American anthropologist Clifford Geertz (1926-2006) earned his PhD from the prestigious Harvard University, where he followed the interdisciplinary approach pioneered by the institution's Department of Social Relations. Previous generations of anthropologists had imported their own value systems and culture, regardless ...
The author wishes to thank the British Association for American Studies, British Association for Canadian Studies, and the Eccles Centre at the British Library for the award as Eccles Centre Visiting Professor in North American Studies 2008-2009, which made possible the research, reflection, and writing of parts of this essay. A version of the essay was presented at Professor Dennis Hidalgo’s Atlantic World Colloquium, Virginia Tech, Blacksburg, Virginia, 26 March 2012.
On the theory of thick description and his own method of ethnography, see Clifford Geertz, The Interpretation of Cultures; Selected Essays (New York: Basic Books, 1973); on the ethnography of Virginia Indians, see Karen Ordahl Kupperman, Ch. 2., “Reading Indian Bodies,” in Indians and English: Facing Off in Early America (Ithaca and London: Cornell University Press, 2000), 41-76; see also Crandall Shifflett, : “Clothing and Self Presentation,” in American Centuries: The Ideas, Issues, and Trends that Made U.S. History, ed. Karen Ordahl Kupperman (New York: Facts on File, 2011), 31-37.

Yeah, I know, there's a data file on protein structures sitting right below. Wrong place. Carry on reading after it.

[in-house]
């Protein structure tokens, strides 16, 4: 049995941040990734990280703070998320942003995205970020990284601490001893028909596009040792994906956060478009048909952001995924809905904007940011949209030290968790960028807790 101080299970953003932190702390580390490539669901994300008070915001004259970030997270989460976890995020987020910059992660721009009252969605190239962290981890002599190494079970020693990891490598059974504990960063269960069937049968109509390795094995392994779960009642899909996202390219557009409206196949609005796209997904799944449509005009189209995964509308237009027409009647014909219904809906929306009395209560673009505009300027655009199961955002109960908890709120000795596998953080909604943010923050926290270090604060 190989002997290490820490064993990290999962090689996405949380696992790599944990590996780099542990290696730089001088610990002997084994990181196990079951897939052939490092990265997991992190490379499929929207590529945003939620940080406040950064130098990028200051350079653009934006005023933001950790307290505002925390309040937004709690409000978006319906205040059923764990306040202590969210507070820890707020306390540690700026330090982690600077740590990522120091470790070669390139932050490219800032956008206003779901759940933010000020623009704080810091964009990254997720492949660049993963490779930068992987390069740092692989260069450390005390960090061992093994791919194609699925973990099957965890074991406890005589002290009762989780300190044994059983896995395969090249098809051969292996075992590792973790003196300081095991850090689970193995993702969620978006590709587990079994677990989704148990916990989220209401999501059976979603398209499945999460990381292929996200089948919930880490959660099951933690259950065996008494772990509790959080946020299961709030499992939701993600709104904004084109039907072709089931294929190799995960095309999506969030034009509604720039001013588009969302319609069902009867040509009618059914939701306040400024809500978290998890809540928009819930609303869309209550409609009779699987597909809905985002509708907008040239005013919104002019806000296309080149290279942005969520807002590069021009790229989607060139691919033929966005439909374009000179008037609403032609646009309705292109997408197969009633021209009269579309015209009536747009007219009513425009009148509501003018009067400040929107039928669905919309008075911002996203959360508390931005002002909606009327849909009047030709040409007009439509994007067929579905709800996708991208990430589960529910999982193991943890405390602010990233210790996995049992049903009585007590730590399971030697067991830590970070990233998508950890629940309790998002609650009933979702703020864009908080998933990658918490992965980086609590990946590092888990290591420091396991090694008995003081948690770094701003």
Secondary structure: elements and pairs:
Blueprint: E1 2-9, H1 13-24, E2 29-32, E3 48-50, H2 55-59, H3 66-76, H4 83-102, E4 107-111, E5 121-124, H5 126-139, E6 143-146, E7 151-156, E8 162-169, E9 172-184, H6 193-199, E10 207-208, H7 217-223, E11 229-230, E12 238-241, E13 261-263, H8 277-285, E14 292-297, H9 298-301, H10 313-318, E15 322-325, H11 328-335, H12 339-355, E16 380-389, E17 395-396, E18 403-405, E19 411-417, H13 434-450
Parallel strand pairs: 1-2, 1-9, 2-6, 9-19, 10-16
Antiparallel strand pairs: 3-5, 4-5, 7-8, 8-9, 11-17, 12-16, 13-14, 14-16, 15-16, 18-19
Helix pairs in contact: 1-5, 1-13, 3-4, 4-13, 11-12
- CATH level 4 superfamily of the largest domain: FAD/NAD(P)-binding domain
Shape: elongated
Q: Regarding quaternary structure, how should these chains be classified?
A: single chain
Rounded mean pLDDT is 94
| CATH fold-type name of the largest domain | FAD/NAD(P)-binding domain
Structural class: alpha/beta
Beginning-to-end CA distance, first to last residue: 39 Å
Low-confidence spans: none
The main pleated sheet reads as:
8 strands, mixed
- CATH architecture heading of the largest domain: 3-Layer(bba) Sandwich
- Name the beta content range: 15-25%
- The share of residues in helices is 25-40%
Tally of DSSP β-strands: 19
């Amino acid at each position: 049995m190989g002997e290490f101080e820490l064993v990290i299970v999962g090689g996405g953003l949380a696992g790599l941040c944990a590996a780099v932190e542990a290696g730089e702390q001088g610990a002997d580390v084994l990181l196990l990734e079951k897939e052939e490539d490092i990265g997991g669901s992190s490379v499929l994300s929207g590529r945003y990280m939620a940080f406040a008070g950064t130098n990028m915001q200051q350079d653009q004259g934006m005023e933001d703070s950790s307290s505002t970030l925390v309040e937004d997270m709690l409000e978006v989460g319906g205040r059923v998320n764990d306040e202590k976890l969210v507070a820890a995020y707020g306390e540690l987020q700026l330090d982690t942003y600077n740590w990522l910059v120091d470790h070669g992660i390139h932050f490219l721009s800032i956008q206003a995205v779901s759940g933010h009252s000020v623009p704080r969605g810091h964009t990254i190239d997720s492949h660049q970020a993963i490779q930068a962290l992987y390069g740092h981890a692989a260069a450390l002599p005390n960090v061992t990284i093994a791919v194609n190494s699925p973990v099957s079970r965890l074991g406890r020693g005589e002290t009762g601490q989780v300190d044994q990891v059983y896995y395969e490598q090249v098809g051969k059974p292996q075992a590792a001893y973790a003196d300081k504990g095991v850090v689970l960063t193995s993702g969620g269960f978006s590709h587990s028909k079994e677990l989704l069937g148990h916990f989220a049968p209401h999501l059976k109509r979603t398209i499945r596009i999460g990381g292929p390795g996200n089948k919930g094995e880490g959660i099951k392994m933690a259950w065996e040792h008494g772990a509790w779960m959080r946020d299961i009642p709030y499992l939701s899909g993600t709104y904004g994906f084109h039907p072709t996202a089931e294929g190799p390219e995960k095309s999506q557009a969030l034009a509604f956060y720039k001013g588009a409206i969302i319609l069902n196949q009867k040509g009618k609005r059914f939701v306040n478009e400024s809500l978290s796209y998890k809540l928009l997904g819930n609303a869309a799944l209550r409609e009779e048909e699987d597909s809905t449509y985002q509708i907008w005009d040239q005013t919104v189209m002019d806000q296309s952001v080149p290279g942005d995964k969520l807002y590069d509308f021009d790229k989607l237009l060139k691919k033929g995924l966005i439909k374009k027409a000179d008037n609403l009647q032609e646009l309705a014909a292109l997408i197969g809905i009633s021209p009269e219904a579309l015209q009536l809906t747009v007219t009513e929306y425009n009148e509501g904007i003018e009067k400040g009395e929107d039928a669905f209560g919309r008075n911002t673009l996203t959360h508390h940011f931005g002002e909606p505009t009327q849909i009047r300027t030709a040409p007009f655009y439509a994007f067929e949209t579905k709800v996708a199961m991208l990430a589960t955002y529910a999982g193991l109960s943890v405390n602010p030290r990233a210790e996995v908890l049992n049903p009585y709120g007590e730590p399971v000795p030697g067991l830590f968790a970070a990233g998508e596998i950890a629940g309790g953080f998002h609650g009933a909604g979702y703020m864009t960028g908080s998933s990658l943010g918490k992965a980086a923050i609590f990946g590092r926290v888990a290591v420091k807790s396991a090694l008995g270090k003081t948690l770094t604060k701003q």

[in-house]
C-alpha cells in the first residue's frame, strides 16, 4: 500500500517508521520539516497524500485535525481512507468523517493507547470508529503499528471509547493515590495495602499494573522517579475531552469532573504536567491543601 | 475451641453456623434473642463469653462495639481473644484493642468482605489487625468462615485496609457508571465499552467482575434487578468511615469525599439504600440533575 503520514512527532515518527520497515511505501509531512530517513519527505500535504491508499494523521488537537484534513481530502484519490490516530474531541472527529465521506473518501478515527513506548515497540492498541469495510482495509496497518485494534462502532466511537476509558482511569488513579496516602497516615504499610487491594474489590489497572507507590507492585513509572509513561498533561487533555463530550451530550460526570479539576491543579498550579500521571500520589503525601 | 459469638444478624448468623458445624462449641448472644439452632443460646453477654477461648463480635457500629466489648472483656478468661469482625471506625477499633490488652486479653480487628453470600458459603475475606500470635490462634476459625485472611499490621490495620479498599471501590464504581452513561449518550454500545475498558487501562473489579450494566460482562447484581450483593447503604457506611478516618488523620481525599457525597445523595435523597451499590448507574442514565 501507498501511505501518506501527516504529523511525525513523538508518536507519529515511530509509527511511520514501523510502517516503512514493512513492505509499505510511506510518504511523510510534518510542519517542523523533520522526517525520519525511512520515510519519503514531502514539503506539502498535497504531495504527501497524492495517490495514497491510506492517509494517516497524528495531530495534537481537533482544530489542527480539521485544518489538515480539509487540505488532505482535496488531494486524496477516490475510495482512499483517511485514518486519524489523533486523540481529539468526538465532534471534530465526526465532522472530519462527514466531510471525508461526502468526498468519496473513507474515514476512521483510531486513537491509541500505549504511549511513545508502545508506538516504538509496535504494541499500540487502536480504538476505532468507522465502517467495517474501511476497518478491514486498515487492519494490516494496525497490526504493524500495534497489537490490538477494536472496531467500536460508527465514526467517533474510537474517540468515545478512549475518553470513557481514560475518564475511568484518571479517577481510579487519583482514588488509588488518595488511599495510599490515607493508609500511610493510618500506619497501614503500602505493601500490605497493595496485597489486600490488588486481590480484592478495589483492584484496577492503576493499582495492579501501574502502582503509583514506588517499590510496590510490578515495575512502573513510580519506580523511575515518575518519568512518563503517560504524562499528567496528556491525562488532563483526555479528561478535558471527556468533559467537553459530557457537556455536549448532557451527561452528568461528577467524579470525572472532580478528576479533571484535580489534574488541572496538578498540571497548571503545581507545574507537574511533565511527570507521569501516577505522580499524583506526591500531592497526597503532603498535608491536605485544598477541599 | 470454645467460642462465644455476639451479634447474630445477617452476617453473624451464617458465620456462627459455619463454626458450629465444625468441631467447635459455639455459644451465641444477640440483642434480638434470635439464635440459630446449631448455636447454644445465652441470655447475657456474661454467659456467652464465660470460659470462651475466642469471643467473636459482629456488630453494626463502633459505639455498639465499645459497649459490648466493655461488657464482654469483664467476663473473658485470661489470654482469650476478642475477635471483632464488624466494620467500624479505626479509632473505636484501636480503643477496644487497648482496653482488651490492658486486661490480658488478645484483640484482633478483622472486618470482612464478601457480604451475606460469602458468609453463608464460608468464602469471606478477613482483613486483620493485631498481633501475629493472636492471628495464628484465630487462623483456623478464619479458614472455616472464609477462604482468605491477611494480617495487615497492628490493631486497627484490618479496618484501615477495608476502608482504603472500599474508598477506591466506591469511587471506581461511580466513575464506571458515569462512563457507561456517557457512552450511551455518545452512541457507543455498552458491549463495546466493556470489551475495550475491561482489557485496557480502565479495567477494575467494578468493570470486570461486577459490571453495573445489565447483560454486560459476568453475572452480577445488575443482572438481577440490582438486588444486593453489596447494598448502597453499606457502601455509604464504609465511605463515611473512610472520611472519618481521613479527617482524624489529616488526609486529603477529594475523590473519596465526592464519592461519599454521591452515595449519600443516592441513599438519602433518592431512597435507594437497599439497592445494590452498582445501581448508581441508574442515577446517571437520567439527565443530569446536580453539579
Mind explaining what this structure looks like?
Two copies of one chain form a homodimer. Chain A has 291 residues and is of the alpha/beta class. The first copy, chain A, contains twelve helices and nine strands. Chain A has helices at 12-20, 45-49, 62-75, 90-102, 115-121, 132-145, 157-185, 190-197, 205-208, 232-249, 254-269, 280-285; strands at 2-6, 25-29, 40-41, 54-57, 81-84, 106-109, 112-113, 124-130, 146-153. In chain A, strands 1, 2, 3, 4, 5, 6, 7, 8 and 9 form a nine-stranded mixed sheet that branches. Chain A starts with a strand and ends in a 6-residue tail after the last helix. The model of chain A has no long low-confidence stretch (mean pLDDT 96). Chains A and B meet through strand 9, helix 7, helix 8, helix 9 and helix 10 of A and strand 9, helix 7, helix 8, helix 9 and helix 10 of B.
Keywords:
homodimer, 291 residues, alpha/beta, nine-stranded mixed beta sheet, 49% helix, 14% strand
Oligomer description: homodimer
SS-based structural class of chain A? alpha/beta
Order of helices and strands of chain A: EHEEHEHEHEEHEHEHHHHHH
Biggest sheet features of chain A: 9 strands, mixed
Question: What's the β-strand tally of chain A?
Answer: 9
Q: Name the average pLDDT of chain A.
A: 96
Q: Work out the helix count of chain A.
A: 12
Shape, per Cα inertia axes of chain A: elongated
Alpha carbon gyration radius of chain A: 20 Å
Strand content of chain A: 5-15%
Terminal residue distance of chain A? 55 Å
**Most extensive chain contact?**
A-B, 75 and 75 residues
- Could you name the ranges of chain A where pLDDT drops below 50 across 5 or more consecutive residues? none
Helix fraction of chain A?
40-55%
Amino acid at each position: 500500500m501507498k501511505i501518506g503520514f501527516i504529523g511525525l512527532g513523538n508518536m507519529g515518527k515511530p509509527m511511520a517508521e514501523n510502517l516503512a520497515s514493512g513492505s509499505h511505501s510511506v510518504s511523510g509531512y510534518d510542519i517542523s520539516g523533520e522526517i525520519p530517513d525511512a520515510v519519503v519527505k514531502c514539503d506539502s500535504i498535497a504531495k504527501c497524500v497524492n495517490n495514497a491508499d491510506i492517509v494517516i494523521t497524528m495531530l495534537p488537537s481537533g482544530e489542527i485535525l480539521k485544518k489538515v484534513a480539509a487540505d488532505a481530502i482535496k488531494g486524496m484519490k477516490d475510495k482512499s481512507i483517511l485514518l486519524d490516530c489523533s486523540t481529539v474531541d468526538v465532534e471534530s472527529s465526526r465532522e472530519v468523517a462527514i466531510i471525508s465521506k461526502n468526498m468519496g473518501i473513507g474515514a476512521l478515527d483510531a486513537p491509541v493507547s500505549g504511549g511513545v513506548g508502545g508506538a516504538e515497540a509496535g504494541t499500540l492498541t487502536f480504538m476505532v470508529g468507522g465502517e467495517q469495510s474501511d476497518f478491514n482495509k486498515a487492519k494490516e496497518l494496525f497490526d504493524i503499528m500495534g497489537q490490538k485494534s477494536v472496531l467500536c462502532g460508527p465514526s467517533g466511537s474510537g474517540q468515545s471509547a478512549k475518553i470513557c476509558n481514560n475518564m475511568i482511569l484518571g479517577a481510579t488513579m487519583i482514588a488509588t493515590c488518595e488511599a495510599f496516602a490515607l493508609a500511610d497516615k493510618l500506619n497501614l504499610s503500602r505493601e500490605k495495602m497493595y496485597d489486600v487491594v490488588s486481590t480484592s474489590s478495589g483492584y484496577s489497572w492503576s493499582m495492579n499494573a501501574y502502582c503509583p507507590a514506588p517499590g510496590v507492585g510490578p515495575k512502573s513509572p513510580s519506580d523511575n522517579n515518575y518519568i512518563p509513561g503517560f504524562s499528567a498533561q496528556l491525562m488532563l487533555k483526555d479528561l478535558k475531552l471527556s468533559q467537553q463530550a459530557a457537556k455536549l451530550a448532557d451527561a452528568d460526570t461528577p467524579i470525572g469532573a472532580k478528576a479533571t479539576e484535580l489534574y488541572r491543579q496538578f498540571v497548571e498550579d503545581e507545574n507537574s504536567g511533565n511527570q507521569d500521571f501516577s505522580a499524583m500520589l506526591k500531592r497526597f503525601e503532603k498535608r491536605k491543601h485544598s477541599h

The interpretation of cultures : selected essays
A collection of essays meant as an assessment of what could be done and had been done since The Interpretation of Cultures (). In these essays Geertz laid a claim for interpretative anthropology as one form of science, not restricting it to the narrow scientific premises of causality but expanding scientific understanding to include history, sentiment, affect, and meaning.